But, you know, there was that hwoorf and that BANG and later that day Paladin 101 came to you and asked, really nicely, if you were okay. Not just 'status report, Scribe Cancio', but, 'hey, are you all right? How're you holding up?'. So you told her you were better than you'd been, which was true. The whole, you know. Thing. The cold sweats and the wanting to go around back of the factory and heave in the dumpster where nobody could see you. That part was over. You weren't fine but you were better, so you told her that in all honesty, and she smiled at you and asked in this really almost embarrassed tone, of all things, if you wouldn't mind looking over that rifle of hers. Something about it having nearly kicked out her shoulder even if it did save your hide. Didn't hear the details. Probably should've. Too much trying not to jump in the air and knock your heels together (that's harder than it looks in the books) and cackle with glee. Because that gun. That gun. You were- you got to take it into the workroom and take it apart and put it back together and you didn't even have to ask.

You knew right from the start that you were going to give it back to 101 in better shape than when she'd handed it over. Duh. Stupid thing to even have to specify, of course you were going to improve that thing's condition. That's what you were here for, right? Yeah. The weapons, all of them. Hers, the Initiates', the ones they'd build as emplaced turrets, the robots' built-in lasers. All of them. That's why Peabody sent you. Went without saying.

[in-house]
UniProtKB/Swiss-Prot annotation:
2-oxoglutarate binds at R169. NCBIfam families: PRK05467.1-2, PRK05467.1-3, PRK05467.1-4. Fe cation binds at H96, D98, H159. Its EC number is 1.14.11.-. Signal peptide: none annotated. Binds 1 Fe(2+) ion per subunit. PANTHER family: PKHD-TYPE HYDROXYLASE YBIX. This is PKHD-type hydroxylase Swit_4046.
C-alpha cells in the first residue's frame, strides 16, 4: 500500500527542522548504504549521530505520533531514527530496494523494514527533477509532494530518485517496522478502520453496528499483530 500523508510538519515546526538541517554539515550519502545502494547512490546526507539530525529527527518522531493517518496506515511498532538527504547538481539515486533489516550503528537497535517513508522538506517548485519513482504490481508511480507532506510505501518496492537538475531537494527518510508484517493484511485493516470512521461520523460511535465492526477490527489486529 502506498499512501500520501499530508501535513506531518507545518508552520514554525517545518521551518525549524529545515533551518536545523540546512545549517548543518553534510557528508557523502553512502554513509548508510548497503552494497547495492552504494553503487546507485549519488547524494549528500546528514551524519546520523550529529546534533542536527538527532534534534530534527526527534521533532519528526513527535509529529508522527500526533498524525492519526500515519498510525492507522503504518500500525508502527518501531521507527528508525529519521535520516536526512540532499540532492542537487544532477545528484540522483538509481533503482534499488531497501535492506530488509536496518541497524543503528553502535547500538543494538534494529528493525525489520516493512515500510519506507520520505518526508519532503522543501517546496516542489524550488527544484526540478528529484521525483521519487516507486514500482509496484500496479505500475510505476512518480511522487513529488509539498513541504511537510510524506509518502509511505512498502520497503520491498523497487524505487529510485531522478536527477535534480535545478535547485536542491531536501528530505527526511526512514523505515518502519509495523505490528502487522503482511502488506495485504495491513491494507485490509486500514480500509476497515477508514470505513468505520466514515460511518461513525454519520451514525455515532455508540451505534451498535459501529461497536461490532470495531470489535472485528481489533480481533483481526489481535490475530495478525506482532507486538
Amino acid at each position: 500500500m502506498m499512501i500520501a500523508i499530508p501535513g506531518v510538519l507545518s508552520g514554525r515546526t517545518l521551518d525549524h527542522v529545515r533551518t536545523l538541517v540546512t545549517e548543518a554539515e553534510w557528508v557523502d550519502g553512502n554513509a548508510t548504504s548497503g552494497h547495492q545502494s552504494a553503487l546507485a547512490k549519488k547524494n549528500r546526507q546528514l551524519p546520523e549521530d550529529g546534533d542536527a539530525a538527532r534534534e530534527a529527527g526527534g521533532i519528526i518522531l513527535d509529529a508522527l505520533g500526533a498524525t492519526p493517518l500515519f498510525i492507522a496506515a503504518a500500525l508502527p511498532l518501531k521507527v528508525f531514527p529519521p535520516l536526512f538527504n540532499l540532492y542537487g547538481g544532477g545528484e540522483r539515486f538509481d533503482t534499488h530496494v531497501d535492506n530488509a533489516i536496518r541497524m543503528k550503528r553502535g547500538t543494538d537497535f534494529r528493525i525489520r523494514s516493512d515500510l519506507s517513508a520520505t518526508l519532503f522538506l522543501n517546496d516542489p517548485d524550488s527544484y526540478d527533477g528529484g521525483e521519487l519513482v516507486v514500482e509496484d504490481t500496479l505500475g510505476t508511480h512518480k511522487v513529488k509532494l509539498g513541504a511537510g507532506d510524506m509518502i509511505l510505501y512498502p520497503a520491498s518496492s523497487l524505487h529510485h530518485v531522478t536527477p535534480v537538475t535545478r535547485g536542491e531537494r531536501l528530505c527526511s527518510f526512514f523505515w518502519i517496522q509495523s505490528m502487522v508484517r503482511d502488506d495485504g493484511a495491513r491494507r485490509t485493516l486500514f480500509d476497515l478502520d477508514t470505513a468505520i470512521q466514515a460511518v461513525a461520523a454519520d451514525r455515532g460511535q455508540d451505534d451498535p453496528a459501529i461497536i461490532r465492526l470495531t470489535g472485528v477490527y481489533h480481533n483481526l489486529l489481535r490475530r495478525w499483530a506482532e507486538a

But, you know.

This gun... they don't make them like this any more. Nobody else at the Citadel has anything like it, anything even remotely close. She does. 101 just- she dropped that deathclaw in its tracks, just like that, like it was the easiest thing in the world. With this gun. When the Outcasts came to the factory she was up on the roof, with this gun, watching them and waiting and making absolutely sure they weren't moving on the factory, making sure everyone here was safe for the next minute, and the next and the next. You've seen her with the Gatling laser and that plasma rifle of hers and Mjolnir- which, by the way, she wields like she was born with it on her shoulder, never mind that it's nearly as long as she is tall. And that is a fine sight to see all in itself. But this gun, this particular one, this one is hers and she saved your life with it. Like it was the most natural thing in the world. And then she handed it to you, and she smiled at you, and-

It's so damned stupid. She'd have done it for anyone. You know she'd have done the same for anyone in danger. She'd be a lousy Paladin if she didn't. And you're- it's an Order thing, you're Order of the Sword, you're supposed to fix people's guns, she'd have handed it to Scribe Herzog if he'd been here instead of you and Herzog is old enough to be her grandfather. It's nothing, it's what she was supposed to do.